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An 18-year-old Iowa tennis star accused of sexually assaulting a mentally ill woman was given a plea deal this week, downgrading his original felony charge to a potential slap on the wrist.


According to the Des Moines Register, Nicholas Fifield met his 18-year-old victim through an online dating site last December, when he was 17. Fifield got permission from both her parents and the staff at her group home to take her to the movies, but that’s not what he did:

Instead, he took her to his Windsor Heights home and forced her to perform sex acts though she said “no” many times, according to a police report and criminal complaint.

The victim had clinical diagnoses of mildly mental defectiveness, autism, alcohol- and drug-related birth defect syndrome, post-traumatic stress, dissociative identity disorder, major depressive disorder with brief reactive psychotic episodes and a language disorder that makes communication difficult, according to the complaint.

Fifield, though, is the son of his high school’s tennis coach and a doubles competitor in this year’s Cedar Rapids Class 2A state tennis tournament. His crime was horrendous, but that doesn’t mean he’ll pay proportionately. In December, he was charged with third-degree sex abuse of a person “suffering from a mental defect or incapacity, which precludes giving consent.” Mysteriously elided from the coverage is that fact that regardless of whether the victim’s consent is legally irrelevant, she didn’t give it. This was not a voluntary act with someone deemed unfit to offer consent—a serious offense on its own—but one perpetrated against her will.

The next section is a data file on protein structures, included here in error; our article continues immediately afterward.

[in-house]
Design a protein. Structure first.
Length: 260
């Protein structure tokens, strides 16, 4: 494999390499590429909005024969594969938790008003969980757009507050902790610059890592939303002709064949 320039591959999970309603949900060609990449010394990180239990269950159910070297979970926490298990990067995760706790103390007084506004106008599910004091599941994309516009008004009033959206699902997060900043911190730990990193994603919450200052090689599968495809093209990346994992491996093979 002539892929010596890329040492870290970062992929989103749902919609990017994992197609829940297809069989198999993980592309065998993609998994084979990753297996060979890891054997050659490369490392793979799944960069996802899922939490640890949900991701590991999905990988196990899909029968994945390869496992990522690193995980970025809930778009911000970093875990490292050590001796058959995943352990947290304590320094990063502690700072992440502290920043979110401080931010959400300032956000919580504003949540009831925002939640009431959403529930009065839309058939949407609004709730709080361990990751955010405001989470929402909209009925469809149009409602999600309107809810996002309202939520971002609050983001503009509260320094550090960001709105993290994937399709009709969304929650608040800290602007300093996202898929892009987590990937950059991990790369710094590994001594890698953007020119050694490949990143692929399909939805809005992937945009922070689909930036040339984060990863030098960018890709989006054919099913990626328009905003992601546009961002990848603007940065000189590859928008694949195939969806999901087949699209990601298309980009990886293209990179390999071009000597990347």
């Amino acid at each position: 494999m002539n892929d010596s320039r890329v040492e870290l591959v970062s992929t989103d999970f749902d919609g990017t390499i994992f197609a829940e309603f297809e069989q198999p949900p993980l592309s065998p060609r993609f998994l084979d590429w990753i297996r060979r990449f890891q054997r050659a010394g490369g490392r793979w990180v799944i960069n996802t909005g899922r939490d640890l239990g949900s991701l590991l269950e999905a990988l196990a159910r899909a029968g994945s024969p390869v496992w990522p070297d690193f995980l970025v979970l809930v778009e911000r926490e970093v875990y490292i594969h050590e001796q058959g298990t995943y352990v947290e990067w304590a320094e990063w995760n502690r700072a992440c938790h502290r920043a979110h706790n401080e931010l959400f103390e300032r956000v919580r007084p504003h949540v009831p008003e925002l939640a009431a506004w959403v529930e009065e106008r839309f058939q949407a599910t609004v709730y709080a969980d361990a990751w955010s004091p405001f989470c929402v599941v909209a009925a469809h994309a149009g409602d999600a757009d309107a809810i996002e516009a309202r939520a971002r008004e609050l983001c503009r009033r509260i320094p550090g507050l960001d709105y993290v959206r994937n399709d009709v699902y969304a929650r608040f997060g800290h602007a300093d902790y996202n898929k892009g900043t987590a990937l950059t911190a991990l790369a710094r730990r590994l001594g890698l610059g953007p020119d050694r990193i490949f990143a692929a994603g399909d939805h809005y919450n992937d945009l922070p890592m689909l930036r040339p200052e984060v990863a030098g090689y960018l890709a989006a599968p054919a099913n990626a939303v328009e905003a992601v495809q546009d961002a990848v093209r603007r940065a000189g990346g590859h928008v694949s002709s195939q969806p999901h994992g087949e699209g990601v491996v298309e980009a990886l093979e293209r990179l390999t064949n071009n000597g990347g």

Now, instead of going to trial, Fifield entered a plea to a lesser charge of assault with intent to commit serious injury, which everyone seems just fine with:

Polk County Attorney John Sarcone said his office will not oppose probation with possible treatment for the young, first time offender.

“That’s agreeable with the victim’s family,” he said. “It’s two people with a lot of issues between them. We are trying to resolve it in a way that’s good for all. Prison would not do this kid any good.”

“A lot of issues between them” is a far cry from the criminal complaint, which, as a reminder, accuses Fifield of forcing “her to perform sex acts though she said ‘no’ many times.” It suggests that the charges were the result of a lovers’ quarrel—impossible, considering the woman’s mental state is one which “precludes giving consent.”

Moreover, the case was only brought to the public’s attention after parents wondered why Fifield was only suspended for one match following his felony charge. As one parent put it:


“Anybody who has a daughter should be appalled by this,” he said. “Our public universities suspend and remove such athletes from teams and competition. While even this single situation is appalling, it begs the question: How many other times have situations like this occurred within the Valley athletics department?”

Fifield will be sentenced on October 12 following a mental evaluation and pre-sentence investigation.